If you're not from the immediate New York City area, this titular question must seem pretty cut-and-dry. "Chopped cheese? ...it's just cheese that's been cut into smaller pieces right?"

Trust me, I thought the same thing until I dug a little deeper. As it turns out, chopped cheese isn't the same thing as the cubed cheeses you'd find on a kick ass wine and cheese board. It's a sandwich, it's a symbol, it's a phenomenon.

According to an article by online magazine First We Feast, a classic chopped cheese sandwich consists of ground beef, peppers, onions, cheese, and typical condiments like ketchup and mayo, all prepared on a flat-top grill.

The sandwich is most often found in delis and bodegas all around New York, but most commonly in Harlem. There seems to be a lot of mystery around the sandwich–there's even a documentary surrounding its origins. 

Most reports say that the original chopped cheese sandwich was made at Blue Sky Deli in Harlem, formerly known as Hajji's (check out their Instagram here). The sandwich was first, and most often enjoyed, by Harlem residents looking for a cheap meal. A typical chopped cheese sandwich retails for around $4 or $5.

But, with this hometown notoriety came controversy. According to the New York Times, with the sandwich gaining broader recognition, a heated "discussion about culture and privilege" has been sparked.

The backlash surrounding this sandwich stems from this video by Insider. The video heralds chopped cheese as a New York City secret, even though people in neighborhoods with bodegas like Hajji's have been eating the chopped cheese for years.

Insider's video garnered a video response from YouTuber Jeffrey Almonte, in which he lambasts the lackluster reporting on the chopped cheese. The white reporter often gave the sandwich backhanded compliments which identified her as an "outsider" to New York Culture: she used the term "sub roll" instead of "hero," and also stated that the sandwich was "nothing revolutionary but still delicious."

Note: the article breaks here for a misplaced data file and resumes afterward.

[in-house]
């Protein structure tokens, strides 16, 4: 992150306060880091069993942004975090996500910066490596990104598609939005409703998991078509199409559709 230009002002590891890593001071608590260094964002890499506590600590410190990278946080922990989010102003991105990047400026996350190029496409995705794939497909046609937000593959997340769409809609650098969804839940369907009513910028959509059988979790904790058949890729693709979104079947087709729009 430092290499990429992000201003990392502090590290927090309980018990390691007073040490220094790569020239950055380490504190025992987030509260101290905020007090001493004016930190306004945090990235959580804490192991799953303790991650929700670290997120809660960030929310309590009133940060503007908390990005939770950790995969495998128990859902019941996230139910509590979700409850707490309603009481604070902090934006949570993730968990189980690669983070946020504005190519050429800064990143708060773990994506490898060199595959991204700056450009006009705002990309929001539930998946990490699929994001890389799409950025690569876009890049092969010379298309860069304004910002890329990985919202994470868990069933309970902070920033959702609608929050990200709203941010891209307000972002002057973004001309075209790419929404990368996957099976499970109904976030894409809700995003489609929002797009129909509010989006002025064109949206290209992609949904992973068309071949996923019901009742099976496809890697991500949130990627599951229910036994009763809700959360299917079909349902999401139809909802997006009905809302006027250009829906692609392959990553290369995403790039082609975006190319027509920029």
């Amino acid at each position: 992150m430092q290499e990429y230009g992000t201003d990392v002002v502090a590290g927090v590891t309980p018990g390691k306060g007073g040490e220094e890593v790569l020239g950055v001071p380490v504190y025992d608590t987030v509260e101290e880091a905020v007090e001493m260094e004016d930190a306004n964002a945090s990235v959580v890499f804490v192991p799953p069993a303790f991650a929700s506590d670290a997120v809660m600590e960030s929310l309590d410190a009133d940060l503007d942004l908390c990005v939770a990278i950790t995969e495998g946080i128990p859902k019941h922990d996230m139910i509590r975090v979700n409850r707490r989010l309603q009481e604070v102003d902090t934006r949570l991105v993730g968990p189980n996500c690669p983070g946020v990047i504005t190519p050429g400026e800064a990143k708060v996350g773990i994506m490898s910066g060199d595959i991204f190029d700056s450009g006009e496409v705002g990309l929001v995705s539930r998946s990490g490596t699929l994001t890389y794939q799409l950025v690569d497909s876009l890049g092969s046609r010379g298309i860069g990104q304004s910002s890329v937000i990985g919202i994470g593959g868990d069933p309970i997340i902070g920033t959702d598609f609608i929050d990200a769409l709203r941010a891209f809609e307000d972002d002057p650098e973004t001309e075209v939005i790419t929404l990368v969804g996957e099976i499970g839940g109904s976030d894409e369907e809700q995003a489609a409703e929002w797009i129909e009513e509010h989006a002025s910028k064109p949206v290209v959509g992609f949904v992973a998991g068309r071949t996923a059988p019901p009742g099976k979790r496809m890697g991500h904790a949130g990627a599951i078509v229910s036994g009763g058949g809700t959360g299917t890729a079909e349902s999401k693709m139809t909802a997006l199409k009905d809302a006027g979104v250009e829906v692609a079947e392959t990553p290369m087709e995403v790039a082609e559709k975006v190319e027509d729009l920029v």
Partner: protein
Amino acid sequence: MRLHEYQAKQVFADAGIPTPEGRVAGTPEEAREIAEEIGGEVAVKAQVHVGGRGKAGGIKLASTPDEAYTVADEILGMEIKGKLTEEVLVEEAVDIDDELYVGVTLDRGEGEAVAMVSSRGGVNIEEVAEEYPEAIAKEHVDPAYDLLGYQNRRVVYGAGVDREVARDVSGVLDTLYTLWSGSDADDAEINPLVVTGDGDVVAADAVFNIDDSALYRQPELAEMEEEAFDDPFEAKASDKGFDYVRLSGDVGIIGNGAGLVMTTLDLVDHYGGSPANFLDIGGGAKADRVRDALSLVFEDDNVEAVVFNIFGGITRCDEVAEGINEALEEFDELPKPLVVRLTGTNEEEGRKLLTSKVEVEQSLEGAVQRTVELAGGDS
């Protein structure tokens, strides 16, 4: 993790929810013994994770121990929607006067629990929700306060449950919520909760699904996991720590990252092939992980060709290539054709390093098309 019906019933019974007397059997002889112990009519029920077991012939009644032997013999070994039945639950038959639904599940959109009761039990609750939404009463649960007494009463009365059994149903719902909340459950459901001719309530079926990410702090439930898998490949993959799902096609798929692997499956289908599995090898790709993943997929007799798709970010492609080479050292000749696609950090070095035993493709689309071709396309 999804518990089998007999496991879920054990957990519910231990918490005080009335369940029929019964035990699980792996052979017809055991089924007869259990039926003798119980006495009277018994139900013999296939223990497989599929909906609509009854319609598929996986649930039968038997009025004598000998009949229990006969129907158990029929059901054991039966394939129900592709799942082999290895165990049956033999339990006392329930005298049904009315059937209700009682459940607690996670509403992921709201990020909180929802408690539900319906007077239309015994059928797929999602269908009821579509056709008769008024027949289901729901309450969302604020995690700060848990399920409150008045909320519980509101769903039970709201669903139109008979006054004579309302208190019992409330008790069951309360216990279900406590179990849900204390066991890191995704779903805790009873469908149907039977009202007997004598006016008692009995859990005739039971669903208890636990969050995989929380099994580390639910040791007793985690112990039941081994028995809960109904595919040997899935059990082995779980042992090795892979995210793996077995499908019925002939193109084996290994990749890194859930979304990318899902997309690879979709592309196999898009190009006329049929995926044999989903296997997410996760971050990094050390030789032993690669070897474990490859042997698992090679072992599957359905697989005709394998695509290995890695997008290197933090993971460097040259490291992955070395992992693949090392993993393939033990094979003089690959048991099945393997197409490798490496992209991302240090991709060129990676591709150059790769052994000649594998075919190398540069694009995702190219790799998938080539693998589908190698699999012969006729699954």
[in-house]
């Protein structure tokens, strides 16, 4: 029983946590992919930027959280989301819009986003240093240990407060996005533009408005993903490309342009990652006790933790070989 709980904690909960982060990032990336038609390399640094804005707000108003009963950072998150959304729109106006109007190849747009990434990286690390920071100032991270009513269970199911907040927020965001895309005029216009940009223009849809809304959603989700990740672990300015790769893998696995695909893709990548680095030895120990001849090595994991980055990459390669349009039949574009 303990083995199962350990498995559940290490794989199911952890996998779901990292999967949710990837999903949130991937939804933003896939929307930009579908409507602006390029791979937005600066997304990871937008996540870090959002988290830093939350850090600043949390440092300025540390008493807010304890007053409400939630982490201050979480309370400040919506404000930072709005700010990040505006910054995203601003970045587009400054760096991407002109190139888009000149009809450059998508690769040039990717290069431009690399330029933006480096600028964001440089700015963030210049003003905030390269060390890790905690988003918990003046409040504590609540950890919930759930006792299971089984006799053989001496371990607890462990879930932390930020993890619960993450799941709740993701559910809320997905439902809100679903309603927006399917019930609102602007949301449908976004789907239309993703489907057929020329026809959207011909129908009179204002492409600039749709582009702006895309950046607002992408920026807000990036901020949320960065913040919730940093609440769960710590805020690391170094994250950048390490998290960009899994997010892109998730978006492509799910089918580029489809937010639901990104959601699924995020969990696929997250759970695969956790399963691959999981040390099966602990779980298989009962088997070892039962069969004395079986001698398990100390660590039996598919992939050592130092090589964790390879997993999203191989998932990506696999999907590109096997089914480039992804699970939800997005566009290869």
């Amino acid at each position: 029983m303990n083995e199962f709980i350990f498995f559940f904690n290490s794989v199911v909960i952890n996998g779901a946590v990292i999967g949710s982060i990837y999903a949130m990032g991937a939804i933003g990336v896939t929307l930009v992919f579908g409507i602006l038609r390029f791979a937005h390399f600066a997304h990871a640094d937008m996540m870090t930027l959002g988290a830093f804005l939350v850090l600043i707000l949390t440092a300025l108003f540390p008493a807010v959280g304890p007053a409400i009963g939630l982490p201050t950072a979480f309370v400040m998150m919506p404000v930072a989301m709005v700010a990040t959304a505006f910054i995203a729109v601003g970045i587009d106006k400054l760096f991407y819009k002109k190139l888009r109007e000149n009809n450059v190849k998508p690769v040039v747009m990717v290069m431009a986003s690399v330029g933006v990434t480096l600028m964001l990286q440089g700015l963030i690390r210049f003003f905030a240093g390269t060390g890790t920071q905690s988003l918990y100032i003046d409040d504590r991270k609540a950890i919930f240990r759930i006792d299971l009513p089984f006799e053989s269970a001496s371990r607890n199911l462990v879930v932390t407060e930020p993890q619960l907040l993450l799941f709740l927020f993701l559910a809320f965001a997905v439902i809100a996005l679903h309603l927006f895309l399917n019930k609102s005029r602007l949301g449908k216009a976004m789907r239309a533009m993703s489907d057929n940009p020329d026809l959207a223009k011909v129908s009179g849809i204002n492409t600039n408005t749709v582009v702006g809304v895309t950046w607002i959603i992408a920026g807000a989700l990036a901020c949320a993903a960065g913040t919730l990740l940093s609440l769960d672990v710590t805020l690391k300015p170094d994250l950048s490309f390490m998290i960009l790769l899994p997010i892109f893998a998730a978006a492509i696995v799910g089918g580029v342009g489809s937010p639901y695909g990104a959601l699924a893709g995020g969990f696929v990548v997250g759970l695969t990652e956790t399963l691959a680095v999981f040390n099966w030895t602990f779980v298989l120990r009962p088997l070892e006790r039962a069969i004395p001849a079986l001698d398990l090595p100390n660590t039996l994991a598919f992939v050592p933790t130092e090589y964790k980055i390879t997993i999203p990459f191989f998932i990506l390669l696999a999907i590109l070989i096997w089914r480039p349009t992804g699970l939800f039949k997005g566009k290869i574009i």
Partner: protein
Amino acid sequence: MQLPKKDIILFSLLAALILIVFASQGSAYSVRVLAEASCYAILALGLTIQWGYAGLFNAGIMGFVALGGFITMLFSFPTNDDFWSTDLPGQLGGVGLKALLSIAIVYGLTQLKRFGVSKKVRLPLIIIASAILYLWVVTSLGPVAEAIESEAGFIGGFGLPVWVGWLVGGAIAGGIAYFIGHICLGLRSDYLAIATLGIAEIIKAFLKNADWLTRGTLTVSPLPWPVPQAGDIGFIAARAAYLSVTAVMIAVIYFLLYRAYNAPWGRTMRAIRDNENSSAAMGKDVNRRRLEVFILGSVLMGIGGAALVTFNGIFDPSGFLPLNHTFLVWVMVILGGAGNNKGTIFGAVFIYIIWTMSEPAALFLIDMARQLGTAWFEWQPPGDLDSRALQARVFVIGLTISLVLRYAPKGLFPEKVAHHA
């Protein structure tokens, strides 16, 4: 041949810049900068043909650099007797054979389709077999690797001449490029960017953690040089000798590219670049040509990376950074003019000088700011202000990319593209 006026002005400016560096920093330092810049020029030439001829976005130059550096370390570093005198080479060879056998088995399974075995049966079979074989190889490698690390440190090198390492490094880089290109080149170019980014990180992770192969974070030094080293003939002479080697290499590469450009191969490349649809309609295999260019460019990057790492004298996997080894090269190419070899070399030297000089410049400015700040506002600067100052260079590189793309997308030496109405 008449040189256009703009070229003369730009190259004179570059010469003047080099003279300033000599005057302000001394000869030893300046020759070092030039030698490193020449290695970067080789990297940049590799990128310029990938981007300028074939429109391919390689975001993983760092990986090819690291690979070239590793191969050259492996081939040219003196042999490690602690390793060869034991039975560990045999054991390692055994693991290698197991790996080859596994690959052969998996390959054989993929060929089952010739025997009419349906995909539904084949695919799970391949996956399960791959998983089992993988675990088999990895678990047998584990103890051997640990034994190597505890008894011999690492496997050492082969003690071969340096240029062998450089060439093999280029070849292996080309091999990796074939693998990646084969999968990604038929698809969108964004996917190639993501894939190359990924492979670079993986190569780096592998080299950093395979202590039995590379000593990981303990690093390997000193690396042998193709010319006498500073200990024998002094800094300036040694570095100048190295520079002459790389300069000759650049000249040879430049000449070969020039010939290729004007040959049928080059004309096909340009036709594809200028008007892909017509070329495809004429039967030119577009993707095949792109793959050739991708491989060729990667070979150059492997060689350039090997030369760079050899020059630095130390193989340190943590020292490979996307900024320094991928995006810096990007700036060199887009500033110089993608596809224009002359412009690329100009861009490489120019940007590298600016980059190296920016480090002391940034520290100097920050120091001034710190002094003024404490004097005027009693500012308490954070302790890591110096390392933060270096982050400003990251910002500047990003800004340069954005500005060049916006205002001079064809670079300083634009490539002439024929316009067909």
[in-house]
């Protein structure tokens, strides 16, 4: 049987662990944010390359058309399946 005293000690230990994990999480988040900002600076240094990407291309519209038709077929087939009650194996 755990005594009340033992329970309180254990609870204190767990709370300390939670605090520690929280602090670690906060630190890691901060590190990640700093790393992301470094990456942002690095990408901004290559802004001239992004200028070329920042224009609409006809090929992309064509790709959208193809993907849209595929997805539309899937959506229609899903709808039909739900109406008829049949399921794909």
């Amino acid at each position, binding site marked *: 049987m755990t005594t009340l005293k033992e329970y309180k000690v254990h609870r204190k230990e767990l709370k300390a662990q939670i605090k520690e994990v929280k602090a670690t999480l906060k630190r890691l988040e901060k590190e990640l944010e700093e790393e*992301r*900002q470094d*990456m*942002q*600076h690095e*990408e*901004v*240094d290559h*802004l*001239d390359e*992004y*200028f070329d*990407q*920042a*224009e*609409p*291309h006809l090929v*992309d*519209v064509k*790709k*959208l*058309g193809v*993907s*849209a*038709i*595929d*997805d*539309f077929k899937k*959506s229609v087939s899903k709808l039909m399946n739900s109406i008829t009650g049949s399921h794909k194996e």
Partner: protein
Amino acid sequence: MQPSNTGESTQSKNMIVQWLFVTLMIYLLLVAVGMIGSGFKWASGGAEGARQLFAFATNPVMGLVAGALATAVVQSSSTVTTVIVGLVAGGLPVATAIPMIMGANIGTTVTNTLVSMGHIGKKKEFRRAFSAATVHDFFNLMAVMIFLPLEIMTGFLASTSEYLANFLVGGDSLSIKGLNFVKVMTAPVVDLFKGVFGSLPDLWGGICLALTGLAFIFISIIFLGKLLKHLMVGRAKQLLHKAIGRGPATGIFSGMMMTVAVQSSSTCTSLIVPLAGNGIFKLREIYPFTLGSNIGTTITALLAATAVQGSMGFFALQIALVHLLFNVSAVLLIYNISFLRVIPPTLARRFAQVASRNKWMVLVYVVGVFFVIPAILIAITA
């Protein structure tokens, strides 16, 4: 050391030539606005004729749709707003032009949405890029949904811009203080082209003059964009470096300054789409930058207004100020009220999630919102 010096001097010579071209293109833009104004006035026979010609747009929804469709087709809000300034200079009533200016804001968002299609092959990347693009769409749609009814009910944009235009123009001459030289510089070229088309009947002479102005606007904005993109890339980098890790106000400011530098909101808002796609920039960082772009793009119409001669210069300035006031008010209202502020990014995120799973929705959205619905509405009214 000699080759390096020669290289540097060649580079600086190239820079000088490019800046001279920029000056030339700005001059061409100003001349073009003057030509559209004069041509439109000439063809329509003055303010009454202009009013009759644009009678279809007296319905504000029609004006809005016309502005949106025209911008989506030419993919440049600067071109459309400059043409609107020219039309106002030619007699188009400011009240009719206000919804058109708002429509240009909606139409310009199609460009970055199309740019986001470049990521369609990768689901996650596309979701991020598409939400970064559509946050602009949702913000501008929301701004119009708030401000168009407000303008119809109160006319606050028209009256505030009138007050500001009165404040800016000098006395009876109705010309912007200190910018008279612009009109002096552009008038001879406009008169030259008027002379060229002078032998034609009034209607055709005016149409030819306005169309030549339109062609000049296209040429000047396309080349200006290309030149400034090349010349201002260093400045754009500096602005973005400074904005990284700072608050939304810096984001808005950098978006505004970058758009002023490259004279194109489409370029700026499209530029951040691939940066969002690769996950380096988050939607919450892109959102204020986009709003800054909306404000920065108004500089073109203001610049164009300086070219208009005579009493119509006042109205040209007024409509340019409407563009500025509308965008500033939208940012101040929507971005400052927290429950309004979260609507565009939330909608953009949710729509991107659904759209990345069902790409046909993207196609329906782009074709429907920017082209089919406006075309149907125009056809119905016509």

Worst of all, the reporter commented that the sandwich was a "steal" at only four dollars, as if the reporter is disregarding the fact that some people don't always view a four dollar sandwich as a cheap meal. Almonte derides the video for seven full minutes, likening the report to "Columbus Syndrome" and a form of gentrification.

But it's not just Insider Food that's getting in on the controversy, Whole Foods has also landed itself in some hot water by selling chopped cheese sandwiches for $8.

The Whole Foods version of the classic chopped cheese costs twice as much as it would in a bodega, and the fact that it is being sold in Manhattan, home to the most powerful economic center in the world, only worsens the blow.

Many feel this to be a form of consumer cultural appropriation, and to be honest, it's not that hard to see why. The fact that a sandwich that has become a popular symbol of the New York working class is the new, trendy food item definitely rubs people the wrong way.

The good news is, according to New Yorkers on Twitter, Whole Foods has stopped selling chopped cheeses:

That said, this example is just one of many of a majority population taking a piece of minority culture as their own. Only time will tell if organizations like Whole Foods and Insider Food have learned their lessons. In the meantime, Americans across the country need to be more cognizant of sharing their trendy new "foodie finds."

Because, as the chopped cheese has clearly shown, one person's unexpected treasure could have been a long-standing staple at someone else's table.